Syria, which goes under the official name of the Syrian Arabic Republic, is a nation with a rich history that stretches back thousands of years. Sites like the city of Palmyra (a United Nations World Heritage Site), the St. Simon Church in Aleppo or many of the Roman ruins reflect this history. Most of Syria is covered by stony desert, and the entire desert is often referred to as the Syrian Desert, or Syrian-Arabic Desert. There are several specific sections of this desert that are named according to nearby landmarks, bodies of water or oases.
The Orontes Valley
The Orontes Valley is located in the western part of Syria, toward the north near Lebanon. The Orontes River runs through both nations, and the Syrian Desert comes right up to this valley. This region of the desert is considered one of the most impressive archaeological sites in the world. There are many ruins here of the Amorites and Aramaeans, as well as dozens of city ruins from the Bronze and Iron ages that have been discovered but not even excavated yet. The Lake of Homs is one of the earliest artificial lakes, created around the second or third century BC. This section of the Syrian Desert attracts many archaeologists and adventure travelers who enjoy history.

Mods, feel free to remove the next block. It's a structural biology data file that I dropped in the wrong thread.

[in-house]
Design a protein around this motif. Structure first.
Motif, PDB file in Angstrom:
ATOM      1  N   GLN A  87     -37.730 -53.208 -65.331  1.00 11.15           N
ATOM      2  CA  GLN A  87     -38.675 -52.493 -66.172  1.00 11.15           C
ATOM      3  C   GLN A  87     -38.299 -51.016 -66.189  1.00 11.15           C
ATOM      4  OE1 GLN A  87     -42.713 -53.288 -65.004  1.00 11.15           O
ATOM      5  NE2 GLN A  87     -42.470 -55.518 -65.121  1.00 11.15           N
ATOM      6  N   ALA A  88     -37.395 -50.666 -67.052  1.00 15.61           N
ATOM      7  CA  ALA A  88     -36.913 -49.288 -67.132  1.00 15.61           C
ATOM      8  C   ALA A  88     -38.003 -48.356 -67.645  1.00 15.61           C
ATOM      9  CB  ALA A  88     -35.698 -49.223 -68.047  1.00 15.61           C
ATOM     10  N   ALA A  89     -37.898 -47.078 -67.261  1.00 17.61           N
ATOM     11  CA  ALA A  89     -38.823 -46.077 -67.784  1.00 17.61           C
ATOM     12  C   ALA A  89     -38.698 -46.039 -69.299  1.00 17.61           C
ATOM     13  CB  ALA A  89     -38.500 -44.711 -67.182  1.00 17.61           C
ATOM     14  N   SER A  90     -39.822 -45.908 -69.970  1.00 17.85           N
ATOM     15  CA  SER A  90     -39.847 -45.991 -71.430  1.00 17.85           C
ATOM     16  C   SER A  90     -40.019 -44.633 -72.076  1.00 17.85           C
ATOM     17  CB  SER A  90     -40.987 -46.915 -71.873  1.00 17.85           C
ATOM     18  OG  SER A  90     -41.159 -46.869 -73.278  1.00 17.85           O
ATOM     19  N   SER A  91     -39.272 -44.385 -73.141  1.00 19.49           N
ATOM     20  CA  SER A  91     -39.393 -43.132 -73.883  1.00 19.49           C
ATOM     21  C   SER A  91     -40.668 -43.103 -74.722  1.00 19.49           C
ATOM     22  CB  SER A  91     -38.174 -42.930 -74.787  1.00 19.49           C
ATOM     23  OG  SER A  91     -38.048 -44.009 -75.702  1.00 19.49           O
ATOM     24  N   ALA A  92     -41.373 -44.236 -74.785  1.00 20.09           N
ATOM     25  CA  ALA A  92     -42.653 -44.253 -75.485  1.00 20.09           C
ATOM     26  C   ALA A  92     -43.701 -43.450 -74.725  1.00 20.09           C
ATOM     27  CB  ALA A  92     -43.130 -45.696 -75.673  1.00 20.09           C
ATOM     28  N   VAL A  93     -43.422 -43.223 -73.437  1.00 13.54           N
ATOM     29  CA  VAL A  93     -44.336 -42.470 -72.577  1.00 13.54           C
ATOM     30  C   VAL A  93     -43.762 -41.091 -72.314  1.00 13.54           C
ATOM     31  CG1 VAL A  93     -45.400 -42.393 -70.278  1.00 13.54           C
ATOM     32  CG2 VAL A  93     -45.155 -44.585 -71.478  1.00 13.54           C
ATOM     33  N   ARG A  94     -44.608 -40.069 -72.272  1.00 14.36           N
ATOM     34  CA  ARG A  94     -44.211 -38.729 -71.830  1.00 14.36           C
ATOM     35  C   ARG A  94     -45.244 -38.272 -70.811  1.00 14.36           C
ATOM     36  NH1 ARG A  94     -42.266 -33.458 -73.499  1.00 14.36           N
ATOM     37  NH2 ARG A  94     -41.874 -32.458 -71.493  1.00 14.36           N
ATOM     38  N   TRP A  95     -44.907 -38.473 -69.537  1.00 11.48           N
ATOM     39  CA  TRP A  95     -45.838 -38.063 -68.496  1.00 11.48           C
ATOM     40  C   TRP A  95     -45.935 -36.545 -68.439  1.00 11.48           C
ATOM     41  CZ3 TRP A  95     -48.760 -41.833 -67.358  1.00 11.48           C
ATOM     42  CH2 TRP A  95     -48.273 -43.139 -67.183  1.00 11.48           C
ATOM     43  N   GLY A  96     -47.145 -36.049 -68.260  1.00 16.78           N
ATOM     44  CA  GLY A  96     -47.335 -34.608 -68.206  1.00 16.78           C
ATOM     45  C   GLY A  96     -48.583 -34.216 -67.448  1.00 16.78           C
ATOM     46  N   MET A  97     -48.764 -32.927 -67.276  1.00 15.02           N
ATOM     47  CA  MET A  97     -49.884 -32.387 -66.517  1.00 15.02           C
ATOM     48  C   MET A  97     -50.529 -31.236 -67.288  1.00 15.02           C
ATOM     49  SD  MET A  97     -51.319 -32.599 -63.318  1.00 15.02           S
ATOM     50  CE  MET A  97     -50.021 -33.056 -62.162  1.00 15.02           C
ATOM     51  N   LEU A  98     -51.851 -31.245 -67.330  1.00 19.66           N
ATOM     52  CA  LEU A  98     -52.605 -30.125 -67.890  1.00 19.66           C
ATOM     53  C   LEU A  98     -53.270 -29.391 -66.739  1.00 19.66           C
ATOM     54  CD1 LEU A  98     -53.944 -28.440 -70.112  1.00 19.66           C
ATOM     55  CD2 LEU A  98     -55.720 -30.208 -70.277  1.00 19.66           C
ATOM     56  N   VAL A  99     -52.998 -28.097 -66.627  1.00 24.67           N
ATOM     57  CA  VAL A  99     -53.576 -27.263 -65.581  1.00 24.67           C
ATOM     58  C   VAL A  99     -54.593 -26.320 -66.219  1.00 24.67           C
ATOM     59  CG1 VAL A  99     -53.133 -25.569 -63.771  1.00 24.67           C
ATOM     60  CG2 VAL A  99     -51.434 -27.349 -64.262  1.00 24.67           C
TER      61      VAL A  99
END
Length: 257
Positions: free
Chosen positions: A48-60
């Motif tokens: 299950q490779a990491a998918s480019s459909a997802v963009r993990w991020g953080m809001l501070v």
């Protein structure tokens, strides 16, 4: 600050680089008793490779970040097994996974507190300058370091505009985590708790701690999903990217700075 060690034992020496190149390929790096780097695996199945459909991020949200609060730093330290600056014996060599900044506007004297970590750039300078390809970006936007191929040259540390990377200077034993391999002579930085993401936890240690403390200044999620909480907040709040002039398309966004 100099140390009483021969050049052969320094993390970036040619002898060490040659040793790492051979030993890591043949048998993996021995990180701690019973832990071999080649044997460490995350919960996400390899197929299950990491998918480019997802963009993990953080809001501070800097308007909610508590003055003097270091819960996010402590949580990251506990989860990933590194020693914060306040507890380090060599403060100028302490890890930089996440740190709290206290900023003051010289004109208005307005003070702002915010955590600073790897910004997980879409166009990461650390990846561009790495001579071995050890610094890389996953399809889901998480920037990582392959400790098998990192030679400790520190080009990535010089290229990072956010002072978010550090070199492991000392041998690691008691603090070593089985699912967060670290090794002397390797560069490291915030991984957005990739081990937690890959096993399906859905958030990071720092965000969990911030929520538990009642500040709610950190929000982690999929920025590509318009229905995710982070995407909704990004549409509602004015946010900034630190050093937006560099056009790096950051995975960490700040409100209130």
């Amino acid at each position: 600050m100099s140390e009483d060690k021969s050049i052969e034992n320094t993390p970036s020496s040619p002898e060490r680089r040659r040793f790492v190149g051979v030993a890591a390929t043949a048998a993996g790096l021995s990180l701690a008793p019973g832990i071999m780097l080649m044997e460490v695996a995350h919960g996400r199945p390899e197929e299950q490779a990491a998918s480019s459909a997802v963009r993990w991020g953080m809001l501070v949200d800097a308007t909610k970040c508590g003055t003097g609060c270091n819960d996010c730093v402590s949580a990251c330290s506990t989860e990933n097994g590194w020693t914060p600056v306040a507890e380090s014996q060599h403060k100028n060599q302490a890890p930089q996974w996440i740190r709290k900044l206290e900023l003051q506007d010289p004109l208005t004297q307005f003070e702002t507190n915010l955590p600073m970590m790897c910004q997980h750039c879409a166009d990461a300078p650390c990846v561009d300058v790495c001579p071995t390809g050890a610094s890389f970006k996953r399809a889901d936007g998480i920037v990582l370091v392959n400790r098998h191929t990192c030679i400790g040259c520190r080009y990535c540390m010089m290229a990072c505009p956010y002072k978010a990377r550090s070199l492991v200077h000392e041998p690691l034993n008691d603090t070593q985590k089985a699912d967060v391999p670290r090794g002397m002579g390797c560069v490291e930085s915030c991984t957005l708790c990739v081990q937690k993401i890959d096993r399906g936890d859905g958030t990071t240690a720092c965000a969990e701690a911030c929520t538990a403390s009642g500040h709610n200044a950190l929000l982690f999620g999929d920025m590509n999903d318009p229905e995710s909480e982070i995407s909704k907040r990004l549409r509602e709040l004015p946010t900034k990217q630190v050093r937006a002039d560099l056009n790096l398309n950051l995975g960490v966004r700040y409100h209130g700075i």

Basalt Desert of South Syria
The Basalt Desert that runs through South Syria was carved from volcanic movements thousands of years ago. The desert has many distinctive black boulders and stones, and it extends into some of the most sparsely populated areas of Jordan and Iraq. In fact, this desert is called the Basalt Desert in Jordan and Iraq, but it is referred to as both the Basalt Desert (or area) and the Syrian Desert in Syria. This is is one of the least populated areas in all of the Middle East and is home mostly to nomadic herders.
Palmyra was long considered one of the most important cities in the entire Middle East. It is located in central Syria, near the very center of the country, and was once a thriving city because it was located in a major oasis surrounded by the Syrian Desert. Now these ruins are a landmark for an area of the Syrian Desert but attract visitors due to the nearly four square miles of ruins that include the remains of an ancient Temple to Ba'al, Roman columns, a necropolis and many other ruins that show the multiple influences from the city's history.
Article Written By Monty Dayton
Monty Dayton is a professional freelance writer who has worked for the ACLU, Touchstone Publishing LLC, the University of Alaska, Fairbanks and many other employers. He holds a Master of Fine Arts in creative writing from the University of Alaska and loves writing about travel, the outdoors and health topics.